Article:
Lord of the Flies Allegory: Civilization vs. Savagery
Every human has a primal instinct lying within them. It is not a question of how close to the actual surface it dwells, but rather how well an individual controls and copes with it. In a state of prolonged anguish and panic, what is one truly capable of? Can one remain sophisticated or will the temptation of their dark subconscious take over, bringing out the barbarianism which exists in us all? William Golding’s Lord of the Flies explores this inquiry through an allegory represented by a group of boys who have been marooned on a deserted island, with no surviving adults. Lord of the Flies has been interpreted and analyzed in several different manners; scholars have derived that the allegory of Civilization vs. Savagery is among the strongest interpretations based on considerable supporting evidence. Ralph represents reason and leadership while Jack is savagery and the hunger for power. Lastly the conch represents authority and order.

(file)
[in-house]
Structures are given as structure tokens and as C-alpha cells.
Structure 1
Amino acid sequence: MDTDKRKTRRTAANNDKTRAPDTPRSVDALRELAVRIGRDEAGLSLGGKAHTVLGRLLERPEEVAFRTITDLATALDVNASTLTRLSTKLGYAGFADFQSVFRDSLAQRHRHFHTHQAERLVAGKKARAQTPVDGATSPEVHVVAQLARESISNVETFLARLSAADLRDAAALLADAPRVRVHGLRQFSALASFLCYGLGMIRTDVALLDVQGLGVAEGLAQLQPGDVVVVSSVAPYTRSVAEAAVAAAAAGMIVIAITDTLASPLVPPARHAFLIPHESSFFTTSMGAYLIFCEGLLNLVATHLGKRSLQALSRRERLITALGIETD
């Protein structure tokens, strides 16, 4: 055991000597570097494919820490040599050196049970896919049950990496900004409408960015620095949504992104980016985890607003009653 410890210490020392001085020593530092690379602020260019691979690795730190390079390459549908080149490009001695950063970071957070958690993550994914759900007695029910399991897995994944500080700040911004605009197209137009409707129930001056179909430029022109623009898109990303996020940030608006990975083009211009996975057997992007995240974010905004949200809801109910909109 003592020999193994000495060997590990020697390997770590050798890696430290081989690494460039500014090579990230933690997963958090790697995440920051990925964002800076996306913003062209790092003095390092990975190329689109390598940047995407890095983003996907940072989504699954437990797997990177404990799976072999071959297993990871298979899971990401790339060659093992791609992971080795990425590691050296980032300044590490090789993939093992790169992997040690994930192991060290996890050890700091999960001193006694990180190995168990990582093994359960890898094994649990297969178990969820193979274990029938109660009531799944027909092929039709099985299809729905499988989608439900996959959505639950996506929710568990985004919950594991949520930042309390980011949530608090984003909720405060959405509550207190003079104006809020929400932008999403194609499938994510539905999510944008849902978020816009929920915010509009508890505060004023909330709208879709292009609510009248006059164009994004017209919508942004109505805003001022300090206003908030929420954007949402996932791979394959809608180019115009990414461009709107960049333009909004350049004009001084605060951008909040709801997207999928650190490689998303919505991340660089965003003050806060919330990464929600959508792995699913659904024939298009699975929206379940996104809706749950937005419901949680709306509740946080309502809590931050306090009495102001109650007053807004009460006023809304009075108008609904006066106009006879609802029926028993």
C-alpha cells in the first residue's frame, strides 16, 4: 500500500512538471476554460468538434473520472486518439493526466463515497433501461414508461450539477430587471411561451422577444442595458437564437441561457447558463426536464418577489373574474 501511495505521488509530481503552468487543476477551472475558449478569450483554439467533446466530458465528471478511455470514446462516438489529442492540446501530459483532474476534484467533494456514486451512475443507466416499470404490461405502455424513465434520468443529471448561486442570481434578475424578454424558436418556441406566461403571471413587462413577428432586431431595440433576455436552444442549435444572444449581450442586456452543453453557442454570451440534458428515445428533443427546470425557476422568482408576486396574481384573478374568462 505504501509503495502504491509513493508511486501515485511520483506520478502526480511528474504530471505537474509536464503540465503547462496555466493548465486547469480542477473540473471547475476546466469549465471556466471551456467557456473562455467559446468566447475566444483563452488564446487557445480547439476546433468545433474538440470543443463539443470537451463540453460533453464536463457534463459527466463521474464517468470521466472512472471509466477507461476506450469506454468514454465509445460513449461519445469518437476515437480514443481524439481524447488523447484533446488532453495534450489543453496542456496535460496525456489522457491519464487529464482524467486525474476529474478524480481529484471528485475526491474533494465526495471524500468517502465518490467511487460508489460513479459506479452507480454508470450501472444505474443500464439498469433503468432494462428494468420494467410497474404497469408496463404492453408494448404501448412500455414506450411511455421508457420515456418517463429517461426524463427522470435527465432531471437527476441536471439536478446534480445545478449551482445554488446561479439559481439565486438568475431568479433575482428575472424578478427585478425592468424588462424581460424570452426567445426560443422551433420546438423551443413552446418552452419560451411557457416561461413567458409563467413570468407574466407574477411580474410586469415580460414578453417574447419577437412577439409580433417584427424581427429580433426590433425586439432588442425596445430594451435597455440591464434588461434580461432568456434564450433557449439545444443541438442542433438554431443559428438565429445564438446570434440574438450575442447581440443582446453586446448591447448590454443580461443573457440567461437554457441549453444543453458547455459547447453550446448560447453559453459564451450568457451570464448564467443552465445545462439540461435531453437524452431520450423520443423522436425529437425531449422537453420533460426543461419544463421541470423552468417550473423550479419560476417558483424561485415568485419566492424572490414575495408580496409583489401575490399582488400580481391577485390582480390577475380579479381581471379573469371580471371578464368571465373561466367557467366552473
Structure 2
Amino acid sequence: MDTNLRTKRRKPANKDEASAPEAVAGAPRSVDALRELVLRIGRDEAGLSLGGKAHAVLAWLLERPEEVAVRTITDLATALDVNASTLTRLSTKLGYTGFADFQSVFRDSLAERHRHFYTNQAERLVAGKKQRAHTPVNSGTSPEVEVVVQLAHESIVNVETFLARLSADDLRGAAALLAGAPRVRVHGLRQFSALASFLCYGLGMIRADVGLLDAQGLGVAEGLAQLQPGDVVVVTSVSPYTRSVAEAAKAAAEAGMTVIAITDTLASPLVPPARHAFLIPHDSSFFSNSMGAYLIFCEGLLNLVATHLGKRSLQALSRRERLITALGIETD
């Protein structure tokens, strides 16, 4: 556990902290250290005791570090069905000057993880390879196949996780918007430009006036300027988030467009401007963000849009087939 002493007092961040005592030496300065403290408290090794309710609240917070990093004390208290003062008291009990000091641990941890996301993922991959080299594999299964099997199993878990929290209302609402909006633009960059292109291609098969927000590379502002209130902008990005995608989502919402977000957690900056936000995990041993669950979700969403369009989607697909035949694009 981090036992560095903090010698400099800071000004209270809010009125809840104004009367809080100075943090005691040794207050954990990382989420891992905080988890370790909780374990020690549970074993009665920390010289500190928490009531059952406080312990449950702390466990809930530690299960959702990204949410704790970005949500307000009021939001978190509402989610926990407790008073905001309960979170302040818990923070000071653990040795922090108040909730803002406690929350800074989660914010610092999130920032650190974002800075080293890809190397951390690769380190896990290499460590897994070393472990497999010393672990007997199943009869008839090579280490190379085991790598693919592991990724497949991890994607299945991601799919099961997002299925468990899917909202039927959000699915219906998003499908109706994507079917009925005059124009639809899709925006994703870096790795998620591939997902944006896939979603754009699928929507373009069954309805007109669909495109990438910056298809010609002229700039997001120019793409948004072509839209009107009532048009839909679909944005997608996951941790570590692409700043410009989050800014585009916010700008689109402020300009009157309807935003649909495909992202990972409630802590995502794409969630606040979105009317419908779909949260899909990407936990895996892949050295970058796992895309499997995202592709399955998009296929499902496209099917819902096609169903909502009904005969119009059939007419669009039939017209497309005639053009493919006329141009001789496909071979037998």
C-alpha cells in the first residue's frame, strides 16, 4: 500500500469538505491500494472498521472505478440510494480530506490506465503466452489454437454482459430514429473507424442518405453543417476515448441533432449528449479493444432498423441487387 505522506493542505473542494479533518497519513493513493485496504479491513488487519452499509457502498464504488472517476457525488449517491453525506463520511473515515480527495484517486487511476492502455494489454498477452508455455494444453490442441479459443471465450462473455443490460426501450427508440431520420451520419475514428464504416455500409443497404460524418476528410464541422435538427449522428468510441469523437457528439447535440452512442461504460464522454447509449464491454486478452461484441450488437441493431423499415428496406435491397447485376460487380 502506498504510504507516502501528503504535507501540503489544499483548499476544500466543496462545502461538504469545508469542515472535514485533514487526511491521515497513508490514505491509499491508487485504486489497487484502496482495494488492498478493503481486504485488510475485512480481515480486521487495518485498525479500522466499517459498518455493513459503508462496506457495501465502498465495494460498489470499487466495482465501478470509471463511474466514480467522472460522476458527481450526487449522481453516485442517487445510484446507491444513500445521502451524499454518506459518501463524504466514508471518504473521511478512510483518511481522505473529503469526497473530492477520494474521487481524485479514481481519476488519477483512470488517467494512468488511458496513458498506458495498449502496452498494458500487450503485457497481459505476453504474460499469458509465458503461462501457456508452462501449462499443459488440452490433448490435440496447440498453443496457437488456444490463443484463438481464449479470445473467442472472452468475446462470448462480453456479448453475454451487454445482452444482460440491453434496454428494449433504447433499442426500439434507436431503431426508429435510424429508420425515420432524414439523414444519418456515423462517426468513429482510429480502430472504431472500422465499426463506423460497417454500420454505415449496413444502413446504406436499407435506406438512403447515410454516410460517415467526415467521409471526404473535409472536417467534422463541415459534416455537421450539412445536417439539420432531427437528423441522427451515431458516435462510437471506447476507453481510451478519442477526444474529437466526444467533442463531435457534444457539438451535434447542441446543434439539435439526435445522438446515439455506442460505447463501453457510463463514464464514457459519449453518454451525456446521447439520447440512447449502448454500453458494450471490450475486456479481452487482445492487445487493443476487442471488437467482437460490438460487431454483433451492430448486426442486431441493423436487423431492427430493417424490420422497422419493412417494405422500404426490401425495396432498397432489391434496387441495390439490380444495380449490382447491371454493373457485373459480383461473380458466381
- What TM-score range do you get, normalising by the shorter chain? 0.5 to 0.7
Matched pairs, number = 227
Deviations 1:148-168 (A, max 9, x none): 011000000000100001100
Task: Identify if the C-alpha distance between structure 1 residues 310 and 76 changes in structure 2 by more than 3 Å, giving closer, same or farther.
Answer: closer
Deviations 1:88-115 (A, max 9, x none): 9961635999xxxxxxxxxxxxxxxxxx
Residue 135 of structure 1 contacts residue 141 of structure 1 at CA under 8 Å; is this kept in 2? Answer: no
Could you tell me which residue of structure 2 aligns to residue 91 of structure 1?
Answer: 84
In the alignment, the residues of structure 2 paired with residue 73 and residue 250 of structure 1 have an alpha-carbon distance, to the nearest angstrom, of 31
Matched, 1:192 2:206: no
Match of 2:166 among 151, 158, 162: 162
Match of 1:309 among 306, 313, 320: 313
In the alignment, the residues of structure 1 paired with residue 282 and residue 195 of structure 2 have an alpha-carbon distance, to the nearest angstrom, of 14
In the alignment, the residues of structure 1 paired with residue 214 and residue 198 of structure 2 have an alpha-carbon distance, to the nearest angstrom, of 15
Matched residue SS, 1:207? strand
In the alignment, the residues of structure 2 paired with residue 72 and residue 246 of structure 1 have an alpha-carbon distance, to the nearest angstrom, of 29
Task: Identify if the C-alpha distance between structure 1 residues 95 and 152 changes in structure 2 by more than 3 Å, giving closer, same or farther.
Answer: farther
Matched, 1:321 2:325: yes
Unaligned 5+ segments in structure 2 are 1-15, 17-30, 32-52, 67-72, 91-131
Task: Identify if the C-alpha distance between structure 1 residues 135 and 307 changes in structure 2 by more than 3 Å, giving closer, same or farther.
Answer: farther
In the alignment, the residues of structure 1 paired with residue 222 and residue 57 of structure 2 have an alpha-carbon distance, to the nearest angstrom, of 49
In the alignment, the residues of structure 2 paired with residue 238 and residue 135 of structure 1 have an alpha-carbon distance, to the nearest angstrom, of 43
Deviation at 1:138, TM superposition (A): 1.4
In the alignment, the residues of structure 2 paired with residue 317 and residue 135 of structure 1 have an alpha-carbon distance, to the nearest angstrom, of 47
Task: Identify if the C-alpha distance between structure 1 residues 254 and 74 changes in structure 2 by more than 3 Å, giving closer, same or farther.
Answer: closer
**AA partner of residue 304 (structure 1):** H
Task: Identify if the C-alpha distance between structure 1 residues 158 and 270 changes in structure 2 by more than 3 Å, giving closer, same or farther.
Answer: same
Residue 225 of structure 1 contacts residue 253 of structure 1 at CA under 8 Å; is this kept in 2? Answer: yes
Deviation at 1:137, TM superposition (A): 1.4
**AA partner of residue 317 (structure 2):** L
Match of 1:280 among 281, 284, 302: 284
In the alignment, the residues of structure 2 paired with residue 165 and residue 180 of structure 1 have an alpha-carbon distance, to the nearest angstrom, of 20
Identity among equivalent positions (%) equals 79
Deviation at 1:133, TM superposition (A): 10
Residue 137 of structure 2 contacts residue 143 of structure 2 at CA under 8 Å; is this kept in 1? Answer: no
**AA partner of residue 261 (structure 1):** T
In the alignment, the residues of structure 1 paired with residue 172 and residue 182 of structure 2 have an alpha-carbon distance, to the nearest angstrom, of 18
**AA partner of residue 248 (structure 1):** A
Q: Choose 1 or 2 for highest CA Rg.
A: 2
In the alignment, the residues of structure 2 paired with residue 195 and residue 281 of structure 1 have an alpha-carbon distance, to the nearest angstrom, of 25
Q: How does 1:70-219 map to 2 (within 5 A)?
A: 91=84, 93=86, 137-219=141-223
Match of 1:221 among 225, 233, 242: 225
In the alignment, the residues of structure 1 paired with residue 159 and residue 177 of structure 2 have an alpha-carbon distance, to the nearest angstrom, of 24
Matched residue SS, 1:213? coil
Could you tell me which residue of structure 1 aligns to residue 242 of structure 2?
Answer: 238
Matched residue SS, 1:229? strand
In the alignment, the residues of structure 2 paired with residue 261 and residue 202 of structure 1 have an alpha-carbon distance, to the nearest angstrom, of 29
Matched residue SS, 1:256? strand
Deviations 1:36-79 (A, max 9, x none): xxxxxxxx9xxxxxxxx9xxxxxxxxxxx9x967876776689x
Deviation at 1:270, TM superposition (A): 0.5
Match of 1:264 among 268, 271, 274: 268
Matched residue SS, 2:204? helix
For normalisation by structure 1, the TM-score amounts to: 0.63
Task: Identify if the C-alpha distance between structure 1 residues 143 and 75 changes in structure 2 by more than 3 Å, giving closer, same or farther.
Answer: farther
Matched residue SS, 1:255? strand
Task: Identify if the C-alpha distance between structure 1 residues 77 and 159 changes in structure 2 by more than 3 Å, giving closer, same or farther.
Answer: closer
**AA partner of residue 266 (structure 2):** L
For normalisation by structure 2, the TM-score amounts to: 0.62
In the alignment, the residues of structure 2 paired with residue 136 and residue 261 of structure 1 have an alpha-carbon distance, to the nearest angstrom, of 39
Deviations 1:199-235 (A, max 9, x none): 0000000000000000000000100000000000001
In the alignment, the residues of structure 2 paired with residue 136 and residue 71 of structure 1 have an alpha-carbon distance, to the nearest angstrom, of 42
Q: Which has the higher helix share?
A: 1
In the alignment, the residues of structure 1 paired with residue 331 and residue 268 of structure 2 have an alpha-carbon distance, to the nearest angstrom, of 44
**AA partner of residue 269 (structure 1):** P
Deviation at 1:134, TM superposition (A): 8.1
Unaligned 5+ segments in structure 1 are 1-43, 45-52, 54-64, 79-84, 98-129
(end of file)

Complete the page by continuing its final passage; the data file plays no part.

In the Civilization vs. Savagery allegory Ralph is part of civilization. He represents reason and leadership. While on the island it was Ralph who first gathered everyone on the beach. It was there that he was elected chief and he established their society. He runs a democracy where everyone votes on issues and he is willing to take everyone’s opinion into consideration. He believes that as long as they stay civilized they can easily survive, live in harmony, and eventually be rescued. “We’ve got to have rules and obey them,” (Golding, 42). Ralph insists on having rules on the island and at first Jack agrees with him although his jealousy for Ralph’s power drives him to constantly undermine and disobey Ralph and his requests. By blowing the conch Ralph can call a meeting whenever he likes, to discuss issues and give orders. “Ralph sat on a fallen tree trunk, his left side to the sun. On his right were most of the choir; on his left the larger boys who had not known each...
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